Sometimes, students will have to use other sources. In that case, a secondary option for students would be to obtain the books from libraries in the surrounding areas. Ohio Link is a library information and networking syndicate of Ohio’s colleges, universities and state library allows students to obtain books that aren’t available at their university from other colleges or universities. Dong Li said, “I had a library orientation after I came to OSU and that’s how I found out about Ohio link. I use it frequently when books aren’t available at the university library.”
Most of the students don’t think buying from the bookstore is better than using free books from the library they each has downfalls. Li, said, “Bookstores are good enough but, price-wise they are not. Library reserves are not very convenient, but they are good alternatives.”
As a teaching assistant, Li tries to keep in mind the cost and value of the textbooks she chooses for her classes. Li said, “Alternative methods are good for me and other poor students to save money. If the content is the same, there is no reason to buy expensive books.” A study conducted in the state of California found that the average college student spends $898 per year on books, and the Federal General Accounting office stated that college textbooks prices have risen 6 percent each year since 1987 which is twice the inflation rate. Knapp said, “I foresee the cost of textbooks going down if more competitive measures are placed in the textbook market, such as online book sellers, internet trading companies, and online bookstores are a few measures.”
Another way students can save money on textbooks is by purchasing them from online booksellers. Many different sites are helpful in finding books at the lowest prices, such as Amazon.com, Ecampus.com, and Barnes and Nobles. Another one of the many booksellers is Stuzo.com, which is unique because it’s all about college student helping each other save money. This online market is also open to faculty members and administrators. The people who become members of Stuzo.Com exchange goods, while setting their own prices. Stuzo follows an honor system and believes that users will respect their services.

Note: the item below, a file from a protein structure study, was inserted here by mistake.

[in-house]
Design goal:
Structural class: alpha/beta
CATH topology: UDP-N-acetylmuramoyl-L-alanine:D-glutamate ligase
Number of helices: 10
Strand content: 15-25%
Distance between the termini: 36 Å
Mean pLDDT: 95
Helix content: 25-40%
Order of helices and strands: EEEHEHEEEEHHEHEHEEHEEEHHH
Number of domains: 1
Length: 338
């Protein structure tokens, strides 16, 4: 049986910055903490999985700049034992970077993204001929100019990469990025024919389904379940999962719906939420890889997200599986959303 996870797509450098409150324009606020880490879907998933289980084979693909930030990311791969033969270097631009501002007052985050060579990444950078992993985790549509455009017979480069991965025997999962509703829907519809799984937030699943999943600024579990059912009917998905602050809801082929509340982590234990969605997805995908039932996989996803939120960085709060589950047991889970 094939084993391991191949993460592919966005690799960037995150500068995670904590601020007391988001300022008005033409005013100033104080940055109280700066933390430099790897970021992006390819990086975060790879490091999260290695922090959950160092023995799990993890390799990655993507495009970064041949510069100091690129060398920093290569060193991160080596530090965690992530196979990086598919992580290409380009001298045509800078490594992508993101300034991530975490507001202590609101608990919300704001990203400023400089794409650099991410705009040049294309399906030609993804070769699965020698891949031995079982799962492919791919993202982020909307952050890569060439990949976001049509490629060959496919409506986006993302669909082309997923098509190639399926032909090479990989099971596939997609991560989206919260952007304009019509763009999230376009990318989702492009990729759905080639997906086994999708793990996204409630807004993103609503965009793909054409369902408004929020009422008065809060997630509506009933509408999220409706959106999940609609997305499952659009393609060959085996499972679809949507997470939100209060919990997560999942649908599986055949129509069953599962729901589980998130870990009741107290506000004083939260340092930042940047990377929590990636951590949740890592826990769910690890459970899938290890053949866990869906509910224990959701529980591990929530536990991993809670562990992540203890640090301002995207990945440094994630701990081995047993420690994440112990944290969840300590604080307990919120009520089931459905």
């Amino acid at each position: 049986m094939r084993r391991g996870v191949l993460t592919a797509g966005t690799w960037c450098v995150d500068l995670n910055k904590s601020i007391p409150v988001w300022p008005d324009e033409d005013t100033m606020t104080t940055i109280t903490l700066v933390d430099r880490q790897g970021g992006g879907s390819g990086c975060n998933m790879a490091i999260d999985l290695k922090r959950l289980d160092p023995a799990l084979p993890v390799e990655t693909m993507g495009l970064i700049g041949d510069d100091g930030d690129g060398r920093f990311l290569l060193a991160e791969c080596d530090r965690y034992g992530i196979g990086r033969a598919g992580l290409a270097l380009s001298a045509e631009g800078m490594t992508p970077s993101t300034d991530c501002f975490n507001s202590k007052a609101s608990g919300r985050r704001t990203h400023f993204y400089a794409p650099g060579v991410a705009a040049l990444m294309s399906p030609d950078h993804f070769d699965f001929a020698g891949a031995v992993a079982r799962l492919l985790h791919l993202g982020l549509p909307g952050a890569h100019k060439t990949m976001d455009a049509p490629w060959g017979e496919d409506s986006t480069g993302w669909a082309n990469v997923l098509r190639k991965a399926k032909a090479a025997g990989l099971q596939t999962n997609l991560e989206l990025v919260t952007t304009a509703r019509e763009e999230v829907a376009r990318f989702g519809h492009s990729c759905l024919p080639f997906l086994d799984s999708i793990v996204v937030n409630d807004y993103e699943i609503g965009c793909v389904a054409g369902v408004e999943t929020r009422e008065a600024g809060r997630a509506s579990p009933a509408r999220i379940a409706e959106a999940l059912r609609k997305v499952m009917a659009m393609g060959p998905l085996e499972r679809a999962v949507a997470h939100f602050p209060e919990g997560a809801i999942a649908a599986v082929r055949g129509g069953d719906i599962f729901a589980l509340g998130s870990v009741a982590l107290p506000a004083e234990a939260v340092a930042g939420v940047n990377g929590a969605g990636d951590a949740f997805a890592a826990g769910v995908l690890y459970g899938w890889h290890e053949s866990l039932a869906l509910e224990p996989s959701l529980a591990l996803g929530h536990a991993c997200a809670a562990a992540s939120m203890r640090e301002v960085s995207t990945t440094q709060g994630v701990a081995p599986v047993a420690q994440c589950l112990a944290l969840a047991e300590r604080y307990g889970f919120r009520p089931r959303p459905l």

Students who decide that they would like to be apart of the Stuzo.com community can get involved by following a couple of easy steps. Whether you are registering at a four year college, community college or a two year technical school just go to the STUZO.com homepage and enter your email. Then create a password and check off on the terms and service agreement. Stuzo is not the bookseller on this site; all items posted for sell are property of Stuzo members-- that’s were the slogan "student helping students" comes from.
Similar to the Stuzo.com idea of student helping students is trading, which is a third alternative for saving money on textbooks. Two students that may have taken the same courses, but at different times during the school year, are candidates for trading. Once you find someone to exchange books with, it is necessary to share contact information and to discuss the most convenient way to trade with each other.
This discussion may include determining a place to meet, finding out what books are available to trade, and if it’s necessary to get someone else involved. Stacey Kidd, an undergraduate student at The Ohio State University, said, “Trading books with friends is an awesome way to save money. It is very easy to network with friends with majors similar to yours.”
Another unique networking source for trading books is an internet site called Buy Textbooks Blog.com this site allow student to share information with other student about where to buy books at a reasonable price. Also, the student can share any of their positive or negative experiences about purchasing textbooks. Such as where not to buy books, which seller matches other booksellers price, and how to find out if you really need a specific textbook. Li said, “I always consider the cost of the textbooks before selecting course material.”